OSHKOSH, Wis. (AP) — Some big-box retailers in Wisconsin have successfully challenged their tax assessments by claiming they should pay the same rate as a store that’s closed and remains vacant.
Critics say that “dark store” legal loophole could cause municipalities to raise residential taxes to make up the difference.
The legal tactic is relatively new and has some cities struggling to keep up, according to Rocco Vita, chairman of the Wisconsin Association of Assessing Officers’ Legislative Committee.
“The stores have this very polished and professional legal team that peddles a product — property tax mitigation strategies,” Vita said. “All of a sudden, this strategy is gaining power in the Midwest. It has taken people by surprise.”
The Wisconsin Department of Revenue requires property tax assessors to account for the fair market value of a property. That includes both the value of the building and its location.
Retailers have successfully argued in court that there should be no tax difference between their thriving businesses and the vacant retailers down the block, Vita said.
In one case, Menards argued in a lawsuit filed in July that the value of its store in Fond du Lac assessed by the city at $9.2 million should be no more than $5.2 million. A similar lawsuit from Target argues that Fond du Lac should reduce its taxes on the retailer by about a third, according to USA Today Network-Wisconsin.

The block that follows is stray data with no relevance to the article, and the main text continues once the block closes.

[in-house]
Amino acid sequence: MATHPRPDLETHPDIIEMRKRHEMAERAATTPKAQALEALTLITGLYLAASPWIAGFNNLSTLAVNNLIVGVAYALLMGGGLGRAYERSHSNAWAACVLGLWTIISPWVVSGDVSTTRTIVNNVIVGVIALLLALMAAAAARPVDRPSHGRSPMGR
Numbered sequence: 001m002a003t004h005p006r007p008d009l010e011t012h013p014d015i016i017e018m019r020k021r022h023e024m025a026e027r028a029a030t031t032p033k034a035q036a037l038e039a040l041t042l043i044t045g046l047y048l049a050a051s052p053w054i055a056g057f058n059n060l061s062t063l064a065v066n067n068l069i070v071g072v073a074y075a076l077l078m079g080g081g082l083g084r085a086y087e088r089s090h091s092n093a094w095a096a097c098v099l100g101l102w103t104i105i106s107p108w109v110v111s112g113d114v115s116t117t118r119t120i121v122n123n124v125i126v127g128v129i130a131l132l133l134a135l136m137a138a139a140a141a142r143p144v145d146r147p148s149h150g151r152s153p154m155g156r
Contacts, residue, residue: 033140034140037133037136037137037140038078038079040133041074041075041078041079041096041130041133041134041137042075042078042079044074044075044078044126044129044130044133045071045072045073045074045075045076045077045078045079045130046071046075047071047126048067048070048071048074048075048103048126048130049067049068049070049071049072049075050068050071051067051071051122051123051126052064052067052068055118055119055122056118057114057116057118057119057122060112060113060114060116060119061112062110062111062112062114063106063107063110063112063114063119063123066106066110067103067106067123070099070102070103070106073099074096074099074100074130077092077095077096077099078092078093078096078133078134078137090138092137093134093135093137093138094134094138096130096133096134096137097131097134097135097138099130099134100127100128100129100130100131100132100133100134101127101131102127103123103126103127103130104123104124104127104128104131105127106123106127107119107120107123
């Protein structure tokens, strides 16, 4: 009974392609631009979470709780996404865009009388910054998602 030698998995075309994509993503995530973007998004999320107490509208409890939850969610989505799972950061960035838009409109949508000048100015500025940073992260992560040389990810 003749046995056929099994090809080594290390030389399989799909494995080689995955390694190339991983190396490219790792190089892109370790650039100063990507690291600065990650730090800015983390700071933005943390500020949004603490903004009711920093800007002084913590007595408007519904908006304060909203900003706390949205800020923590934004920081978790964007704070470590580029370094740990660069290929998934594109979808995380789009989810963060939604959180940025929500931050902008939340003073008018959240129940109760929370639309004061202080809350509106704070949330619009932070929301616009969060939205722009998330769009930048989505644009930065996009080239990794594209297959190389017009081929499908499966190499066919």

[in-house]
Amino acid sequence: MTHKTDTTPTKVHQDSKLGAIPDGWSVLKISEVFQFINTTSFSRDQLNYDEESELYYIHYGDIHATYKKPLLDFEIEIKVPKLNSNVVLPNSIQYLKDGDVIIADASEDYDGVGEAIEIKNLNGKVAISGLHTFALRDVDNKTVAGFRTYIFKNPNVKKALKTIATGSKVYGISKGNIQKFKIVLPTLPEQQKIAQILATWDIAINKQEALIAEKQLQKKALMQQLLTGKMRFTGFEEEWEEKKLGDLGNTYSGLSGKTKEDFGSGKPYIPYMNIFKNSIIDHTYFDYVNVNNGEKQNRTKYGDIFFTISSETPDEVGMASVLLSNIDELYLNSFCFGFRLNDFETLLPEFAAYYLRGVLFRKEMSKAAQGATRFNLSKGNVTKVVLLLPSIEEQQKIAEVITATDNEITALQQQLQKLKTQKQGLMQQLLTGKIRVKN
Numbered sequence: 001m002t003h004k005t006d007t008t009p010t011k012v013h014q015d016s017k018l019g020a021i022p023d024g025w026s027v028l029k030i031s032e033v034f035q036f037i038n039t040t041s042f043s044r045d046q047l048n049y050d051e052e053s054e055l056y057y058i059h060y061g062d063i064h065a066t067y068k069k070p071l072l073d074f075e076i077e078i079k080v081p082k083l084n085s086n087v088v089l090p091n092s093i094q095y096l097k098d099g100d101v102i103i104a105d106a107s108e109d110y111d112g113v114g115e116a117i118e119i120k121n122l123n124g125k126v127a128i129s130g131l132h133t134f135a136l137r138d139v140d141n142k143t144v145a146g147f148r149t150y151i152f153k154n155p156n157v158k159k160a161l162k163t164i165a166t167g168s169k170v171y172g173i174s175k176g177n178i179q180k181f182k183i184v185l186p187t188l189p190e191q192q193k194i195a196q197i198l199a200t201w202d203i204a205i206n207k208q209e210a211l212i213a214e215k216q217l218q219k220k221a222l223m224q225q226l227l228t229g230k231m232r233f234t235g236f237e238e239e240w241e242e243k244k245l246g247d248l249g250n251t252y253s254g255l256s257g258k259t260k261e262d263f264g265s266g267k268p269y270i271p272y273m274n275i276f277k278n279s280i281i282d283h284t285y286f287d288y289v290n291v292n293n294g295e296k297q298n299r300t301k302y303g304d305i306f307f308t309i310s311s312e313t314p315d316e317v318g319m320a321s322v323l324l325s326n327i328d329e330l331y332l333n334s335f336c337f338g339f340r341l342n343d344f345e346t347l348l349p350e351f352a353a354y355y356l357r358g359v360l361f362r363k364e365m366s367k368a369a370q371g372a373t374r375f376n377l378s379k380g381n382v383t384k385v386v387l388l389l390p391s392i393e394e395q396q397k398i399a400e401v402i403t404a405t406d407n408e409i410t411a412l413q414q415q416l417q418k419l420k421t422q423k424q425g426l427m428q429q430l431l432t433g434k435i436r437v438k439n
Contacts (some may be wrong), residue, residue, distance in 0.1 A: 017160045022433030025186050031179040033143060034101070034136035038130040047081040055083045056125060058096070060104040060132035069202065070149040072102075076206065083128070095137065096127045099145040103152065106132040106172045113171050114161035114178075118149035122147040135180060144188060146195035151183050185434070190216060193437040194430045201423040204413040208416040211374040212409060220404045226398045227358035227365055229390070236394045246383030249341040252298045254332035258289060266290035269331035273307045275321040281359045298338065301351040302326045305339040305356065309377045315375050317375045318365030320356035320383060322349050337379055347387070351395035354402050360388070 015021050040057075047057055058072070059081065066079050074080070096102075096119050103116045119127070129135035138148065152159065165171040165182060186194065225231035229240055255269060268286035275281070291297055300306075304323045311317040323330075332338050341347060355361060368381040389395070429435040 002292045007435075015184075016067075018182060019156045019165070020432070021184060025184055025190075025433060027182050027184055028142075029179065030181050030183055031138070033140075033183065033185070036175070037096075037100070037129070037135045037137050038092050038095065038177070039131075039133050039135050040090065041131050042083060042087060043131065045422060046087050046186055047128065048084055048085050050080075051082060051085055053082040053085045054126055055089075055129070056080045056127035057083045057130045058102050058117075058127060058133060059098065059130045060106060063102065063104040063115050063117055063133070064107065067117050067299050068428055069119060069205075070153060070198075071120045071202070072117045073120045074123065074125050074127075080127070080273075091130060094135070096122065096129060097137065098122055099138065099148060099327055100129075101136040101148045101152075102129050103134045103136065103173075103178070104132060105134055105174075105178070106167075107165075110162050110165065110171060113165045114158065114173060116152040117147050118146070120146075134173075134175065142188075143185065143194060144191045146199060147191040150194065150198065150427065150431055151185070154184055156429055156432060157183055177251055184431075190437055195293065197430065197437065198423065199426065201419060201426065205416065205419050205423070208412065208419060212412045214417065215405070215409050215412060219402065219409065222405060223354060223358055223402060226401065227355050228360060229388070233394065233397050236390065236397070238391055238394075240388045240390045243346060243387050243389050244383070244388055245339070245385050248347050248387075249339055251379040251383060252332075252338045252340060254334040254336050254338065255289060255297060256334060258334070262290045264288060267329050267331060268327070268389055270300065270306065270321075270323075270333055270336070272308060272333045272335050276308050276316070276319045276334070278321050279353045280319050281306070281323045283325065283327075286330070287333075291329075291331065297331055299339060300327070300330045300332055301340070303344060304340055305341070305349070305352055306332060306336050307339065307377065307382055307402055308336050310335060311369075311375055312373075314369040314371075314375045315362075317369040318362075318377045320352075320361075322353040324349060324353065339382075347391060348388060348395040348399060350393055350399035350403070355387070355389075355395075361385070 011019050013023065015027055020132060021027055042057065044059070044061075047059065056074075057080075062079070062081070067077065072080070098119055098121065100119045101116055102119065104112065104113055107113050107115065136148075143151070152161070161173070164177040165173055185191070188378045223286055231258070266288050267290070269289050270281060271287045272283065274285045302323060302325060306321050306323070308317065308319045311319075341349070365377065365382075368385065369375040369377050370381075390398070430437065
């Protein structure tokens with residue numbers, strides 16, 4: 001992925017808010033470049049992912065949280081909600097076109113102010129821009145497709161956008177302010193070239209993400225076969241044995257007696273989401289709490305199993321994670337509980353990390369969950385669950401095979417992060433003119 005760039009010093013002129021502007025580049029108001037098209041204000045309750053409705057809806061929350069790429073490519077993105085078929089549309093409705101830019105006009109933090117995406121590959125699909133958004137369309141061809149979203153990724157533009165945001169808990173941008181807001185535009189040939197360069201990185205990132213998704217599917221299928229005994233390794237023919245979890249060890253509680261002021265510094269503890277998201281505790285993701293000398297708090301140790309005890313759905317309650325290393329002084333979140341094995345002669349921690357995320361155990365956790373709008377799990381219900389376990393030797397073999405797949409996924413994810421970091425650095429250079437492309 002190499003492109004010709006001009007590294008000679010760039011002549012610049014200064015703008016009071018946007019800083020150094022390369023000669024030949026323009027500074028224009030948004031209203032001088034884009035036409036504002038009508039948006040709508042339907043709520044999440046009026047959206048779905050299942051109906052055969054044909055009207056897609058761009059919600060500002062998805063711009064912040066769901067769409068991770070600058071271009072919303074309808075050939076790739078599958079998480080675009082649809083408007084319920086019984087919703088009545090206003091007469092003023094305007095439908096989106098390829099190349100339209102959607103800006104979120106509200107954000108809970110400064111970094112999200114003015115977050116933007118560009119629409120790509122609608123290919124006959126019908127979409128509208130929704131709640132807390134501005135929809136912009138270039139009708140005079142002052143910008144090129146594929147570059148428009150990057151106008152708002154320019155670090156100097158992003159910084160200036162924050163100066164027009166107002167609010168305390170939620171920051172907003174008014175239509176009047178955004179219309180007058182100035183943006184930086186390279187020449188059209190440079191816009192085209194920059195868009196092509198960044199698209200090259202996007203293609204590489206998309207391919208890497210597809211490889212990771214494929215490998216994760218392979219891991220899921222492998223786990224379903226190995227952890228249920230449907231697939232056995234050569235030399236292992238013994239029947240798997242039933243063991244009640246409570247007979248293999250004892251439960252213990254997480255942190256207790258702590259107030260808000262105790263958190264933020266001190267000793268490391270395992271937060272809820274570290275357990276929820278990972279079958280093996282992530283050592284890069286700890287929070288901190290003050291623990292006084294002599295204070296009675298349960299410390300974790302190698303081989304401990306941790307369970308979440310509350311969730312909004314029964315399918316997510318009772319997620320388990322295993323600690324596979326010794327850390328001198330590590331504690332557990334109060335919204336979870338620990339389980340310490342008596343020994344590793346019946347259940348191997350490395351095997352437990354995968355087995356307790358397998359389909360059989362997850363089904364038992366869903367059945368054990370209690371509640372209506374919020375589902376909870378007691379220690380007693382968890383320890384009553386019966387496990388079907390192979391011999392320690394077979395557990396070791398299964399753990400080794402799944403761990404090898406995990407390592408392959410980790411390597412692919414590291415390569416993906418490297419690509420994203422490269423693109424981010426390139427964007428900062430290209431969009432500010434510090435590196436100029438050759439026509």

In another case, Oshkosh was ordered to pay Walgreens nearly $306,000 in overcharged taxes, plus court fees and interest. Last summer, two similar lawsuits surfaced from Menards and Lowe’s.
Oshkosh City Attorney Lynn Lorenson said municipalities are worried that as retailers win these lawsuits, more stores will follow. The limits of the loophole are unclear, she said.
“If one type of business or one type of property gets more favorable treatment, then everybody is going to be looking at that,” Lorenson said. “They’ll say, ‘If Walgreens had success, maybe we can use a similar argument.'”
The League of Wisconsin Municipalities has helped draft legislation to plug the loophole, according to Curt Witynski, the league’s assistant director. The league hopes lawmakers will introduce in January.